By Sean Wereley
Maroon News Contributor
The University may prepare you for a life of the mind, but with an increasing number of fourth-year undergraduates anxiously looking for a job in business after graduation, many may have been hoping for more hands-on experience.
The Chicago Entrepreneurial Group (CEG) was created last spring to help fill that void. Founded and run by University undergraduates, CEG hopes "to stimulate and support entrepreneurial talent on campus and within the Chicago community," said Kwabena Holder, a third-year in the College and the group's executive director.
"We felt there was a need for a venue for entrepreneurial expression," Holder said. "Because the University focuses on learning for learning's sake, there's less opportunity for undergrads to apply some of what they learn."
The organization issued a mission statement lamenting the steep learning curve that students who enter business after college have to endure, and said that the best way to overcome that is to provide mentors and networking opportunities for College students of all years.
One of CEG's main objectives so far has been to identify and contact key Chicago alumni who they feel could help undergraduates realize their potential. Holder said that they have also contacted faculty at other universities as well as Chicago-area entrepreneurs to host lectures related to enterprise.
"We believe that these men and women can help carve out a niche for CEG in both the University and surrounding community. We are extremely grateful for the help that they can provide," Holder said.
One of CEG's main alumni supporters has been entrepreneur Gary Hoover, who visited the campus last Friday to give a seminar on building successful businesses.
The namesake of Hoover House in Max Palevsky Residential Commons, Hoover graduated from the College and went on to found Bookstop, Inc., the nation's first book superstore. He sold the company to Barnes & Noble for $41.5 million in 1989. He then founded the publishing firm Reference Press, one of whose titles, The Hoover's Handbook, steered the company into specializing in business-related literature. Now with the moniker Hoover's Inc, the company runs Hoover's Online, one of the world's leading distributors of electronic corporate information.
Hoover's seminar was part of the "Graduate School of Business Entrepreneurship and Venture Capital Group Speaker Series." The packed audience at the BSLC lecture hall was comprised of almost even numbers of graduate and undergraduate students. Hoover imparted the crowd with practical business advice, including the idea that students should look anywhere for inspiration.
"The most valuable lesson I learned was that you can learn as much from the driver of the owner of the largest cement factory in India as the actual owner, and that in order to build your entrepreneurial ideas, you must learn from all kinds of people," said second-year in the College Nitin Sacheti, CEG's vice president of marketing.
Hoover specifically asked to meet with members of CEG before his seminar and review several mock business plans submitted by its members.
He had advised CEG on their startup and was very enthusiastic about the idea of an organization designed to guide undergraduates interested in business, said third-year in the College David Kanter, who is on the board of directors of CEG.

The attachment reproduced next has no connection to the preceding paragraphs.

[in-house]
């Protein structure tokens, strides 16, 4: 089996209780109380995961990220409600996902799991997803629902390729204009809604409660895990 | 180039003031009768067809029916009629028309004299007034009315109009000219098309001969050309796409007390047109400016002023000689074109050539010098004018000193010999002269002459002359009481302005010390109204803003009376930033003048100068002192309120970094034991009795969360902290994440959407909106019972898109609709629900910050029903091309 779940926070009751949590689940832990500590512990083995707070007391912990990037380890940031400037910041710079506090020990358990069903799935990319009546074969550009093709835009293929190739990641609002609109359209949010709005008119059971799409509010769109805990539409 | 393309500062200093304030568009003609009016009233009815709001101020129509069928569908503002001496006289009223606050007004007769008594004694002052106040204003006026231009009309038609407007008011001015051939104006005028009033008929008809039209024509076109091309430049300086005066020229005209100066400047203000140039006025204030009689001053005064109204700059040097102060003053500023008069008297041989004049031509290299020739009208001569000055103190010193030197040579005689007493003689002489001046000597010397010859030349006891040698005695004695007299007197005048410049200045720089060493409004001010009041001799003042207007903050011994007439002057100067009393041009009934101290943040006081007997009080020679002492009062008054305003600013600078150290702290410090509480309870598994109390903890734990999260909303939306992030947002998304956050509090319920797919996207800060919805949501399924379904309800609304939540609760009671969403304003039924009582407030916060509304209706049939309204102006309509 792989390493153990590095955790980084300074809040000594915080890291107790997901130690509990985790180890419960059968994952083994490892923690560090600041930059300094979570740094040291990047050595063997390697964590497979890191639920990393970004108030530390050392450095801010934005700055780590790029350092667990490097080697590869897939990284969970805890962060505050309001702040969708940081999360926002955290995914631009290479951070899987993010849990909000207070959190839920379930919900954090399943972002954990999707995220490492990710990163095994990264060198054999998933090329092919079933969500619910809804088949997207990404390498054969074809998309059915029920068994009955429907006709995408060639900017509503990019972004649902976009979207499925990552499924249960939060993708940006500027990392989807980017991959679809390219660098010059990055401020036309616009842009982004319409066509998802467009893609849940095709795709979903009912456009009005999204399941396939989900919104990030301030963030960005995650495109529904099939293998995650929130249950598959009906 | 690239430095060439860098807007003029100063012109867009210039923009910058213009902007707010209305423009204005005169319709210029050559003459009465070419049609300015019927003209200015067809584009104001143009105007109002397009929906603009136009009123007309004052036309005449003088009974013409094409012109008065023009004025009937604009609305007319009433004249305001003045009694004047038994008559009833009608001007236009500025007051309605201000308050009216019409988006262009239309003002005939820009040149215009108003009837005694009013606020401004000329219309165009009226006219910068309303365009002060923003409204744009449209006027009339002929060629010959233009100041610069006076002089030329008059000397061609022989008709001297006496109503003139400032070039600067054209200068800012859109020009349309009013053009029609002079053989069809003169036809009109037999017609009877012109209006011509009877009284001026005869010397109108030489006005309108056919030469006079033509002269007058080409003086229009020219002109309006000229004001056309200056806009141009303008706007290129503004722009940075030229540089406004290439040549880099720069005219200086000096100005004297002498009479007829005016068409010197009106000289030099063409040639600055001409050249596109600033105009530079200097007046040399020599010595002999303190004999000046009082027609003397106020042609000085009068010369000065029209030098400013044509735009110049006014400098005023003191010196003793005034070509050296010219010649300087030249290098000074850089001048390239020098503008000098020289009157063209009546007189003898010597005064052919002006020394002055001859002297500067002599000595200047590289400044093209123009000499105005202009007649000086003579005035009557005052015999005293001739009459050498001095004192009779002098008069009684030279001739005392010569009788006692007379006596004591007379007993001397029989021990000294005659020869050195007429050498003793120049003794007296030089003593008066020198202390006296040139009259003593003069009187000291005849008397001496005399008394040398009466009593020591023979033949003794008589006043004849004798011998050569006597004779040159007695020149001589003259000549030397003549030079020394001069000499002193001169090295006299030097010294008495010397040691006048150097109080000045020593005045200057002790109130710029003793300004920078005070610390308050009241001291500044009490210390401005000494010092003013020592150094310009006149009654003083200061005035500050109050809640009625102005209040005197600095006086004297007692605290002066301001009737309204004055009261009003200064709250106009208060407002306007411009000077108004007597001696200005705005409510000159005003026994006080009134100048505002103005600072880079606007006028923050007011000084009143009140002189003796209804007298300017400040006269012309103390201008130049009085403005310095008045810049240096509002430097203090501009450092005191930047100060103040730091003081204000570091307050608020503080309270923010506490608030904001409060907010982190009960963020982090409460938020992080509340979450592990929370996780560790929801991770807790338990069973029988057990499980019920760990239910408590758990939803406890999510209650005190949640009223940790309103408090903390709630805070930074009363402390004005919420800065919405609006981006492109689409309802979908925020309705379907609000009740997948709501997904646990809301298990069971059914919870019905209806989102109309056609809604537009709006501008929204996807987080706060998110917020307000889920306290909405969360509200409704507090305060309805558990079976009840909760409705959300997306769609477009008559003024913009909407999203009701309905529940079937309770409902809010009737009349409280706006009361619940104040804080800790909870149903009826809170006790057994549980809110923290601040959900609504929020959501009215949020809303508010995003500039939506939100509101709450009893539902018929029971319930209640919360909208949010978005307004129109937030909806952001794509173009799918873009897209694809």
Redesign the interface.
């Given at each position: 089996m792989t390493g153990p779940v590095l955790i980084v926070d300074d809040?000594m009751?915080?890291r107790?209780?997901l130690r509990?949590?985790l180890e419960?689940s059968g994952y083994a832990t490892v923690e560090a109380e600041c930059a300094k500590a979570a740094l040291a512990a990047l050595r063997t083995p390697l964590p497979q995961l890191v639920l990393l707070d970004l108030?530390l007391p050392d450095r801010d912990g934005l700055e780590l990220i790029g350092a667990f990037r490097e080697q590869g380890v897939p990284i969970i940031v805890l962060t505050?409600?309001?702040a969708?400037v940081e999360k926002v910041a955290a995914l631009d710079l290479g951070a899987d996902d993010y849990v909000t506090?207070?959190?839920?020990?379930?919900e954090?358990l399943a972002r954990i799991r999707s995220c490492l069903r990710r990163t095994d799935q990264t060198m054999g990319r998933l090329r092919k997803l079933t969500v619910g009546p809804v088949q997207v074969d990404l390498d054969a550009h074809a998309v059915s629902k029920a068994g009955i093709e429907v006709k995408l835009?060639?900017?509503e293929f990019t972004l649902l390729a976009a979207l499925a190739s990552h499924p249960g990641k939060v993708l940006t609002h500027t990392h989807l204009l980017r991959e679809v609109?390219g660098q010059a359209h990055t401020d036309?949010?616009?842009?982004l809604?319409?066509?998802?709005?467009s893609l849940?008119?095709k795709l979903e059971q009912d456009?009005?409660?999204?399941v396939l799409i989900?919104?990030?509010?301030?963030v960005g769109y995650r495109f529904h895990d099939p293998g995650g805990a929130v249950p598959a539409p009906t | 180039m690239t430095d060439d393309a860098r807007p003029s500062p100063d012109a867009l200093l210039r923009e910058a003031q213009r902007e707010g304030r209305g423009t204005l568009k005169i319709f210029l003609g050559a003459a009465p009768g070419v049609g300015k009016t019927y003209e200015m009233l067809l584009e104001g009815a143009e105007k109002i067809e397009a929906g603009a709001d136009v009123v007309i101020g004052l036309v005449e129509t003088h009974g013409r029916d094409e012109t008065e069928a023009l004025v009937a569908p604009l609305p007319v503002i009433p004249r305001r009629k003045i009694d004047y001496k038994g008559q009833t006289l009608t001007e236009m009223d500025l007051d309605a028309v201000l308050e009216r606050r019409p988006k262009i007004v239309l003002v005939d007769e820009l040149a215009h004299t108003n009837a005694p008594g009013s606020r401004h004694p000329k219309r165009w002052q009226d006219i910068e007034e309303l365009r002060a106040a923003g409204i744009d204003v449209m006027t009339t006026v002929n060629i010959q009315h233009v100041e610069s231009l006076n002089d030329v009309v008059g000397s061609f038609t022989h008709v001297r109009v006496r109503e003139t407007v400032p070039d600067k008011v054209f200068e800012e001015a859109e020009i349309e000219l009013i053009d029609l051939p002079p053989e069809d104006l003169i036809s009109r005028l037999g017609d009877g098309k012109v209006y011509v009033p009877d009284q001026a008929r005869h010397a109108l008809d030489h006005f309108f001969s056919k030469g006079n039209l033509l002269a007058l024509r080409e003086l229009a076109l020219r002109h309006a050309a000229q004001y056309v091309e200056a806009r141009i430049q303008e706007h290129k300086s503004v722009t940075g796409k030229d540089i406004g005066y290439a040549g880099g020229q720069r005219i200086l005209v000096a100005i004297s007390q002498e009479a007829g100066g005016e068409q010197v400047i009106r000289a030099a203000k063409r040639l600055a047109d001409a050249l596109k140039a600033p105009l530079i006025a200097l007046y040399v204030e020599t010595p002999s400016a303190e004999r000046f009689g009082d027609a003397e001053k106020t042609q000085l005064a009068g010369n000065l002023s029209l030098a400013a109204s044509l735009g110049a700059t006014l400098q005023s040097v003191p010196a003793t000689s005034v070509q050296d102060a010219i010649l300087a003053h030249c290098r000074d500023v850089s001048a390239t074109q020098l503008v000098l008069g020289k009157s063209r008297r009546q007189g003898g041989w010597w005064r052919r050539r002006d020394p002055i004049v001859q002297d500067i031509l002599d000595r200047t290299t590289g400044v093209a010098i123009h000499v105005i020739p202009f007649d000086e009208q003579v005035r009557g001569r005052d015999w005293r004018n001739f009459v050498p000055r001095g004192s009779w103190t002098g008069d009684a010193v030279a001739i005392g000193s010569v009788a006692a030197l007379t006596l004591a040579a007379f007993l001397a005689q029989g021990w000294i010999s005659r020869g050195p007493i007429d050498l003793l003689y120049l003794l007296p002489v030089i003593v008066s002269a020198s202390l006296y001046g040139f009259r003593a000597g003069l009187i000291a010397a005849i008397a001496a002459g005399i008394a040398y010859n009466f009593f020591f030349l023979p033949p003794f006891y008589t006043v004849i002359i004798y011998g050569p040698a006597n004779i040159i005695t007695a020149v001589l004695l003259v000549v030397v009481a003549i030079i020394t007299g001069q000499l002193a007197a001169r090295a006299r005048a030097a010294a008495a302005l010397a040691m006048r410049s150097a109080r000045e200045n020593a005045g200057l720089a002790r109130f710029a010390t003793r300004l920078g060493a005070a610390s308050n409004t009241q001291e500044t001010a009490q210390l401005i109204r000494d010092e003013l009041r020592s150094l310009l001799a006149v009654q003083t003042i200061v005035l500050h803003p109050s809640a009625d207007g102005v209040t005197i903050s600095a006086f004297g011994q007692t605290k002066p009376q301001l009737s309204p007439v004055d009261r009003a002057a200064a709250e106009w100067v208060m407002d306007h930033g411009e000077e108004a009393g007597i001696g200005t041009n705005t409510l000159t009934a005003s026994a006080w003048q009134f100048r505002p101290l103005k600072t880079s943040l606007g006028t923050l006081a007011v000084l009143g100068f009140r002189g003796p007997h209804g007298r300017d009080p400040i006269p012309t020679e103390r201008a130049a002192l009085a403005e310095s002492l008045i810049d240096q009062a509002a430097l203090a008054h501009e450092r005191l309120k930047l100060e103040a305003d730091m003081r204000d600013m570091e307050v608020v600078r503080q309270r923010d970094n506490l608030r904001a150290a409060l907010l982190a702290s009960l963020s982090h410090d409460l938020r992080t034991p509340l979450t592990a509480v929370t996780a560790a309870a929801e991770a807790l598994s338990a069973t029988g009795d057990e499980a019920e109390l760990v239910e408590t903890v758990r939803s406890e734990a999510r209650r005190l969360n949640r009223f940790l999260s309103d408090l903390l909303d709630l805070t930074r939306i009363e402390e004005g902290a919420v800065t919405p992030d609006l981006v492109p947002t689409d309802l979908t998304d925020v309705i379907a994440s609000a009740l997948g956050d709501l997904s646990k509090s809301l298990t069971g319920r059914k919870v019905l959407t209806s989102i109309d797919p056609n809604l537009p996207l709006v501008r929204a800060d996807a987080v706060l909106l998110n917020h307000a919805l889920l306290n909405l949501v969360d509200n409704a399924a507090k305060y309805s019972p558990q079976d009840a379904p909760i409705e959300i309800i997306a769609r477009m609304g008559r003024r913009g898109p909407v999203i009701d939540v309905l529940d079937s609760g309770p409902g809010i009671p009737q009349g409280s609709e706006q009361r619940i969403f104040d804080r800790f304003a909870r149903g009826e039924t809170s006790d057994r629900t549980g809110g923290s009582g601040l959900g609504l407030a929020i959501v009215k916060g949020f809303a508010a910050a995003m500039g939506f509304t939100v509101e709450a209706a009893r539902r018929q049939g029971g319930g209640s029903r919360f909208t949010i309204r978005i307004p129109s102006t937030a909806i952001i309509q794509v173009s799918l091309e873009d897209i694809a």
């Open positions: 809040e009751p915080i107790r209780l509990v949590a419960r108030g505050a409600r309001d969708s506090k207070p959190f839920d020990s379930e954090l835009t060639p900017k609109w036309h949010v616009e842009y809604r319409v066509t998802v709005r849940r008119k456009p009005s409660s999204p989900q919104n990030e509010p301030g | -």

Rather than apply for RSO status, the group decided to attain incorporated non-profit status in order to pursue avenues of funding outside the Student Government Finance Committee. They modeled their structure after the successful Yale Entrepreneurial Society, and met with its leaders to get guidance and assistance.
Holder emphasized that CEG will act more as an advisory source than as a business itself. He said that this role could yield benefits even in the short run.
"My first two years, I hung out with different friends night after night sharing ideas, dynamic, innovative business ideas that could change the Chicago community. At the end of the night, the conversation ended and so did the ideas," Holder said.
Second-year in the College Diana Tatarchuk, CEG's vice president of events, echoed Holder's sentiment.
"I have met so many people who just have ideas, things that could really work, and they shouldn't have to wait until business school to put them into action. They can come to us, and we will help put them into contact with entrepreneurs and business professionals who can help them realize their potential," Tatarchuk said.
Student-run businesses have been rocky of late. The most recent letdown was the June 2001 shutdown of Stay Up 4Ever. Conceived by College student Carver Tate as a place for students to hang out late, the business garnered some student support but not enough to cover costs, and it closed after just nine months in operation.
Holder said that the recent failures of student-related enterprise would not faze the CEG.
"With respect to the fate of Stay Up 4Ever and others like it, we feel that their lack of success was somewhat due to the lack of business education on campus. That is the void we are trying to fill," Holder said.
The CEG has received praise from counselors at Career and Placement Services (CAPS). The director of CAPS, Liz Michaels, said that the CEG contributes a great deal to campus.
"A focus on entrepreneurial isn't something that has been completely missing from campus, but it is good to see a concerted effort towards introducing students towards that path," Michaels said. "The turnout to Hoover's event was terrific, and I think that is only the beginning."